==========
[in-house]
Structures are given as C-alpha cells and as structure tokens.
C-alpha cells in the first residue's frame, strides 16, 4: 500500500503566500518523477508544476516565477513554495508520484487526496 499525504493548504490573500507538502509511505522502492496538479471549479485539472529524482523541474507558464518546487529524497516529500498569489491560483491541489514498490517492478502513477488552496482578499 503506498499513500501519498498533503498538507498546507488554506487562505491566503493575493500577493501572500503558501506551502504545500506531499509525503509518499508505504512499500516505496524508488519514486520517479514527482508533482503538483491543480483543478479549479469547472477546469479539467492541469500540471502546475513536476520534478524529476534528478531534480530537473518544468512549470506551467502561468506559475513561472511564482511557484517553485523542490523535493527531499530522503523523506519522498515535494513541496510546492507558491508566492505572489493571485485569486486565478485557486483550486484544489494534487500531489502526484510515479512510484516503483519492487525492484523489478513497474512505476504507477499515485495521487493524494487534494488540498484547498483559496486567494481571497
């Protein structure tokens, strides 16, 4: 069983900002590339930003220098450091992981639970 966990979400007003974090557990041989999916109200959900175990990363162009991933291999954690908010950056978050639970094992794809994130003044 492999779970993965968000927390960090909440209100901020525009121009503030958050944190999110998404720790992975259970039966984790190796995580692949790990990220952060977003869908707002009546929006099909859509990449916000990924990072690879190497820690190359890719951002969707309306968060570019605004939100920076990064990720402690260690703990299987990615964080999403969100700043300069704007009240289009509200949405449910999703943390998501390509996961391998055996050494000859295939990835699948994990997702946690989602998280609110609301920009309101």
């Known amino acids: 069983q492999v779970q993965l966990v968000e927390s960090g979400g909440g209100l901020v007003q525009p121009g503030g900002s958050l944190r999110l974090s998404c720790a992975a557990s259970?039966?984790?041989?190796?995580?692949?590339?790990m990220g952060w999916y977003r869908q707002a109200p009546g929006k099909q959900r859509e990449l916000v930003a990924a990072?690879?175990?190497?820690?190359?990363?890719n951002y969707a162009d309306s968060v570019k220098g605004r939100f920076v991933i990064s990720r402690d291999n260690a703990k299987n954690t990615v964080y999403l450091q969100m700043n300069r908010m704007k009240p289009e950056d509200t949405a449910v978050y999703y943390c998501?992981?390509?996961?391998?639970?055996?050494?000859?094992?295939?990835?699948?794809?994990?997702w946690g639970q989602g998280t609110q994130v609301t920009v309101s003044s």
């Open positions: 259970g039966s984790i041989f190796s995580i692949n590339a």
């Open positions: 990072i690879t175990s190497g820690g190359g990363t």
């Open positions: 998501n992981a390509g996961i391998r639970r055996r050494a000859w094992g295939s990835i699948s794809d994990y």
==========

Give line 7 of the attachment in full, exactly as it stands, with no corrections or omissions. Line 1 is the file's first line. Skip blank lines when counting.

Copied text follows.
């Open positions: 990072i690879t175990s190497g820690g190359g990363t």